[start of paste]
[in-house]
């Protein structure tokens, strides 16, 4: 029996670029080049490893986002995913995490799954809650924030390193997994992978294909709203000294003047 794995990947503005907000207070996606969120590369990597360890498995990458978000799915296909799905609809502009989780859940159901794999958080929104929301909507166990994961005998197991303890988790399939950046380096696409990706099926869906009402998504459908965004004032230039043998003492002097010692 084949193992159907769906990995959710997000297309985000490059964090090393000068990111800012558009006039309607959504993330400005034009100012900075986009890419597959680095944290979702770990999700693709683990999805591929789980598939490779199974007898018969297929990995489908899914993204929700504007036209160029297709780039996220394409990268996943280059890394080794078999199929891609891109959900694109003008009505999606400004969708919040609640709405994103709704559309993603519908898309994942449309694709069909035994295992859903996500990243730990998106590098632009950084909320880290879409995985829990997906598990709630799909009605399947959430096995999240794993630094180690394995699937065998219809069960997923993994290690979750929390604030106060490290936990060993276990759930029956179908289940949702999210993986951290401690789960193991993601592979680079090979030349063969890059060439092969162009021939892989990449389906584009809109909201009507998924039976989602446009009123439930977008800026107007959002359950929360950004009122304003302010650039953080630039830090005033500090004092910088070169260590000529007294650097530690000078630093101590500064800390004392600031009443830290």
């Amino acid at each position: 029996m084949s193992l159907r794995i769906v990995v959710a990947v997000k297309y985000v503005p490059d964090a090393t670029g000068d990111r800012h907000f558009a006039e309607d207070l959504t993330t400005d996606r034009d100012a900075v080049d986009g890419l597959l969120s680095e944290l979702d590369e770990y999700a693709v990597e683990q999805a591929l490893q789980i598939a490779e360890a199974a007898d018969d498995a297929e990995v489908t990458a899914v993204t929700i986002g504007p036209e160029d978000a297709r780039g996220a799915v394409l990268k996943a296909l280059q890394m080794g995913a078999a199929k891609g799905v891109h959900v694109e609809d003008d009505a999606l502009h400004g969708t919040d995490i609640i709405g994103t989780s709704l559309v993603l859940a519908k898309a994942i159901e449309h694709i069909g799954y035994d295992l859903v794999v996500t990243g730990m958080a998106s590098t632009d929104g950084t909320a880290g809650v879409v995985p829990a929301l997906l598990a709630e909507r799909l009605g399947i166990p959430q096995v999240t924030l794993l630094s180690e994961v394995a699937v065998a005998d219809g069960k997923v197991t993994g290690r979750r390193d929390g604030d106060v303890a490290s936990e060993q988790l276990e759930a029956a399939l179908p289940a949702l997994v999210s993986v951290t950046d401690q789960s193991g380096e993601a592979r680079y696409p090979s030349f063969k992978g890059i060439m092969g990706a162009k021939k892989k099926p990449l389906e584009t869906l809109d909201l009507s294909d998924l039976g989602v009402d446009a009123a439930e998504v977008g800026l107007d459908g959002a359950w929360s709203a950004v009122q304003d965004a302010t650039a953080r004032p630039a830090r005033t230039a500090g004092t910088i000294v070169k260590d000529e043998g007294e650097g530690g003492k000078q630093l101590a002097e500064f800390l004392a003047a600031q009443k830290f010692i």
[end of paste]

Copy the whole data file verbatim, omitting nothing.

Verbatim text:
[in-house]
């Protein structure tokens, strides 16, 4: 029996670029080049490893986002995913995490799954809650924030390193997994992978294909709203000294003047 794995990947503005907000207070996606969120590369990597360890498995990458978000799915296909799905609809502009989780859940159901794999958080929104929301909507166990994961005998197991303890988790399939950046380096696409990706099926869906009402998504459908965004004032230039043998003492002097010692 084949193992159907769906990995959710997000297309985000490059964090090393000068990111800012558009006039309607959504993330400005034009100012900075986009890419597959680095944290979702770990999700693709683990999805591929789980598939490779199974007898018969297929990995489908899914993204929700504007036209160029297709780039996220394409990268996943280059890394080794078999199929891609891109959900694109003008009505999606400004969708919040609640709405994103709704559309993603519908898309994942449309694709069909035994295992859903996500990243730990998106590098632009950084909320880290879409995985829990997906598990709630799909009605399947959430096995999240794993630094180690394995699937065998219809069960997923993994290690979750929390604030106060490290936990060993276990759930029956179908289940949702999210993986951290401690789960193991993601592979680079090979030349063969890059060439092969162009021939892989990449389906584009809109909201009507998924039976989602446009009123439930977008800026107007959002359950929360950004009122304003302010650039953080630039830090005033500090004092910088070169260590000529007294650097530690000078630093101590500064800390004392600031009443830290």
């Amino acid at each position: 029996m084949s193992l159907r794995i769906v990995v959710a990947v997000k297309y985000v503005p490059d964090a090393t670029g000068d990111r800012h907000f558009a006039e309607d207070l959504t993330t400005d996606r034009d100012a900075v080049d986009g890419l597959l969120s680095e944290l979702d590369e770990y999700a693709v990597e683990q999805a591929l490893q789980i598939a490779e360890a199974a007898d018969d498995a297929e990995v489908t990458a899914v993204t929700i986002g504007p036209e160029d978000a297709r780039g996220a799915v394409l990268k996943a296909l280059q890394m080794g995913a078999a199929k891609g799905v891109h959900v694109e609809d003008d009505a999606l502009h400004g969708t919040d995490i609640i709405g994103t989780s709704l559309v993603l859940a519908k898309a994942i159901e449309h694709i069909g799954y035994d295992l859903v794999v996500t990243g730990m958080a998106s590098t632009d929104g950084t909320a880290g809650v879409v995985p829990a929301l997906l598990a709630e909507r799909l009605g399947i166990p959430q096995v999240t924030l794993l630094s180690e994961v394995a699937v065998a005998d219809g069960k997923v197991t993994g290690r979750r390193d929390g604030d106060v303890a490290s936990e060993q988790l276990e759930a029956a399939l179908p289940a949702l997994v999210s993986v951290t950046d401690q789960s193991g380096e993601a592979r680079y696409p090979s030349f063969k992978g890059i060439m092969g990706a162009k021939k892989k099926p990449l389906e584009t869906l809109d909201l009507s294909d998924l039976g989602v009402d446009a009123a439930e998504v977008g800026l107007d459908g959002a359950w929360s709203a950004v009122q304003d965004a302010t650039a953080r004032p630039a830090r005033t230039a500090g004092t910088i000294v070169k260590d000529e043998g007294e650097g530690g003492k000078q630093l101590a002097e500064f800390l004392a003047a600031q009443k830290f010692i």